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Our children are living like prisoners of war in USA, say parents

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Paul Boroh  PHOTO: citynews.ng

Paul Boroh PHOTO: citynews.ng

Parents of 43 students studying under the Presidential Amnesty Programme (PAP) in the United States yesterday raised the alarm on how their children are now being treated like Prisoners of war(PoW) in America as the amnesty office has since abandoned them. The parents of the teenagers have, therefore, appealed to President Muhammadu Buhari to save the lives and education of their children.

Speaking with The Guardian after issuing a joint statement in Yenagoa, Mr. Kingsley Feboke, Mr. Ayente Douglas and Mrs. Victoria Feboke, on behalf of other parents, said their children were enrolled in universities in America through the office of the Special Adviser to the President on Niger Delta Special Scholarship for Crisis Impacted Communities in the region.

They said the scholarship scheme was a windows created by former President Goodluck Jonathan’s administration for youths from crisis impacted areas to be captured under the Amnesty programme, adding that the students were sent to the United States by the PAP.
They complained that the authorities in the Amnesty Office and Kaplan Consultants were playing politics with the education and lives of their children as the programme was no longer moving smoothly due to alleged disagreement with the Amnesty office and the consultants.

The parents said: “We are constrained to raise the alarm because our children have been abandoned in the United States and are being treated as Prisoners of War.

“These children are between the ages of 16 and 17. We got report that the Amnesty Office is considering revoking the contract with Kaplan (the consultants).

“We understand that Kaplan has a valid and subsisting contract with the Amnesty Office where students are enrolled in higher institutions in the United States after undergoing a globally recognised educational foundation training otherwise called Pathway Programme.

“The pathway programme prepares students from developing nations for the purpose of studying in developed countries such as the USA and the United Kingdom.  These 43 Niger Delta students were beneficiaries under the Third Phase for communities impacted by violence and armed conflicts.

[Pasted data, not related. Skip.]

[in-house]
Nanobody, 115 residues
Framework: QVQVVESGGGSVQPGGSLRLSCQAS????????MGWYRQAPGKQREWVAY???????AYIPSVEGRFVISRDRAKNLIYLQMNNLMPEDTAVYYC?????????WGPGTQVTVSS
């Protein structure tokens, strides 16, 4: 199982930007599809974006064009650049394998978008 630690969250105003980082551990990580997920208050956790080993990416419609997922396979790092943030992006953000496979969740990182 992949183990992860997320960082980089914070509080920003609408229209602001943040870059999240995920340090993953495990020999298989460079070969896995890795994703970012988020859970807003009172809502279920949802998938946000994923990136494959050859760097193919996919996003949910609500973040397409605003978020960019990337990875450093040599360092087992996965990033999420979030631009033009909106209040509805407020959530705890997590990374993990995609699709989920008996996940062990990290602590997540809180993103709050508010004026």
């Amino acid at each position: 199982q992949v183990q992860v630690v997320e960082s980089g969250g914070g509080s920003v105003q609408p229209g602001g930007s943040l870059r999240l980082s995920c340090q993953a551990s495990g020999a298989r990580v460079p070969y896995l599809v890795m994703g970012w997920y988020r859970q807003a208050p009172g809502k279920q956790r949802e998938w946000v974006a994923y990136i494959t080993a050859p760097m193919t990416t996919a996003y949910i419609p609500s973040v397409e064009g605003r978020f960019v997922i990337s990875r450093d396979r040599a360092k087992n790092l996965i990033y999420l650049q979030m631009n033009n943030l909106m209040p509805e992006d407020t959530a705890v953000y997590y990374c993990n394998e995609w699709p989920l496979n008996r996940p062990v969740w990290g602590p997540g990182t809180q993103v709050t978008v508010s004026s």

“They were successful in this programme that was run at Kaplan International College in Lagos for nine months, and thereafter, proceeded to the Northeastern university in Massachussets for a three-month summer Bridge programme after which they proceeded to their chosen universities to start the second year of their Bachelor’s degree.”

The parents said unfortunately since the appointment of Brig.-Gen. Paul Boroh (rtd), as Amnesty Coordinator, the office had allegedly refused to address the welfare of the students.

They said that the Amnesty office failure to pay the tuition fees, accommodation, books and allowances of the students had almost resulted in throwing the children to the streets of America.

They mulled that the development was capable of causing national embarrassment and had the potential of compromising the diplomatic relationship between the US and Nigeria in view of the high level agreement between the two countries that resulted in issuance of visa for the children.

The worried parents appealed to President Buhari to intervene in the matter because all their entreaties had fallen on deaf ears and their children were being thrown out from their various schools owing to the refusal of their sponsors (Amnesty office) to meet their financial obligation

They added: “The possible psychological effect of their withdrawal from the programme and what this could portend for future peace and conflict dynamics in the Niger Delta and Nigeria will not augur well for us all.

We plead with the Presidency to intervene as a matter of urgency because these children and being threatened of deportation in shortest possible future.”

Also speaking, Mrs. Faboke, said all attempts to see General Boroh has so far yielded no results, lamenting what they have to face everyday knowing what their children are going through over there.



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